Meghalaya: How Bacardi NH7 Weekender Was a Success Story in Sustainability

Last year, with environmentally-conscious decisions, zero-waste and minimal trace policies, the festival was able to have a truly eco-friendly venue
Jul 15, 2019 2:15 PM ET

By Ruth Dsouza Prabhu

Each year, Bacardi NH7 Weekender draws in music lovers with a stellar line-up featuring top musicians, both Indian and international. For each edition, the flagship event is staged in Pune, and several other cities play host as well. Of all, the show in Meghalaya is especially unique. From an architectural point of view, it is a great example of sustainability. Here’s a look at how it made a statement last year.

To ensure that the venue left minimal trace post the event, waste management was also looked into. Skrap, based out of Mumbai, provides sustainable waste management solutions for events and organisations. “We are acutely aware of the impact that large events have on the environment, especially in ecologically-sensitive regions such as the venue in Meghalaya,” says Divya Ravichandran, founder, Skrap Waste Management. “Hence the event made serious efforts to minimise the environmental impact. For Meghalaya, especially, we followed a Leave No Trace policy to ensure the venue is was left in pristine condition after the event.”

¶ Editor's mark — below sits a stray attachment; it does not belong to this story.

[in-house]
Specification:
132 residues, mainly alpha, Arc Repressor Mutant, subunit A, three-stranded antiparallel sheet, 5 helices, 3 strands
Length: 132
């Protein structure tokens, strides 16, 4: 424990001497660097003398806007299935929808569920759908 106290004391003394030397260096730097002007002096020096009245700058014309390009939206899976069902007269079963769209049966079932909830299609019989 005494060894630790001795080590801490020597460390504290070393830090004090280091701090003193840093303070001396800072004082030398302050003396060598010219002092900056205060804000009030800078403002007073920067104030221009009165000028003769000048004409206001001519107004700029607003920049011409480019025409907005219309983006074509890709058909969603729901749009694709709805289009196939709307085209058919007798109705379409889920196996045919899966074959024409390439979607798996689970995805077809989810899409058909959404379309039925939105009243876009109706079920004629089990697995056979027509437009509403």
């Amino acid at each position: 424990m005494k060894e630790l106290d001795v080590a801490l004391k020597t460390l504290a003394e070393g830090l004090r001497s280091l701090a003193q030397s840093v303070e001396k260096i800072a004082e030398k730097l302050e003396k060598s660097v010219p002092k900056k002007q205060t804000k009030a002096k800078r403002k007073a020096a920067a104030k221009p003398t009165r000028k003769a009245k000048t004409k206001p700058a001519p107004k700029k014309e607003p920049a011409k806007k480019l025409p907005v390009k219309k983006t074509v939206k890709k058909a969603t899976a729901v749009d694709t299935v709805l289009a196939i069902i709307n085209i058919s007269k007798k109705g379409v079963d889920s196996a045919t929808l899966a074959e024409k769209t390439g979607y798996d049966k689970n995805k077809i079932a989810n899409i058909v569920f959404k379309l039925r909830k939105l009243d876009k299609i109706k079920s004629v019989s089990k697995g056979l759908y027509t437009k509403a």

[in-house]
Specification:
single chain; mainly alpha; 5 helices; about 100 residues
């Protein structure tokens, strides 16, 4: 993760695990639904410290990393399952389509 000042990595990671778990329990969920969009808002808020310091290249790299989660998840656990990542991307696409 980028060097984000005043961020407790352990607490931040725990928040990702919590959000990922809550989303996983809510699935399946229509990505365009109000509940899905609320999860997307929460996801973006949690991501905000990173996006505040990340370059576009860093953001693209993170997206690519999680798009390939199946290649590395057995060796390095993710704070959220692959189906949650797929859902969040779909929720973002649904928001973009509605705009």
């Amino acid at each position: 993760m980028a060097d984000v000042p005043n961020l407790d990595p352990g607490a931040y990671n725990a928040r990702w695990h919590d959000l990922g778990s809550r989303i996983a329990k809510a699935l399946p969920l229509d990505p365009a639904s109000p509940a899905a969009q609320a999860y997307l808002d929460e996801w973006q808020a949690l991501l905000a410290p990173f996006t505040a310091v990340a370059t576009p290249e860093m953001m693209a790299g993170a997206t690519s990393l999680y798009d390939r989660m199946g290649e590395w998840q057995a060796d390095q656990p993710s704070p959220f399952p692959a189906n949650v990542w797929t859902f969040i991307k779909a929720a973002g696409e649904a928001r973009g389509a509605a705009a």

An estimated 11.4 tonnes of waste was generated at Bacardi NH7 Weekender, Meghalaya 2018. Of this, 90 per cent was recycled (4600 kg), composted (5245 kg), donated (130 kg) or reused (300 kg). Around 1,200 kg made it to designated landfills. A minimal amount of PVC flex was used across the venue and instead, local and reusable items such as bamboo, wood and cloth were used. The food court areas were disposable plastic-free zones. All food stalls used compostable plates and cutleries. Food stalls participated in the salvage efforts and donated their excess food at the end of each day resulting in 130 kg of donations across the two days. Also in play was a cup reuse policy which was well-received by patrons. Overall, the bars reported that the festival cup usage reduced by a whopping 70 per cent.

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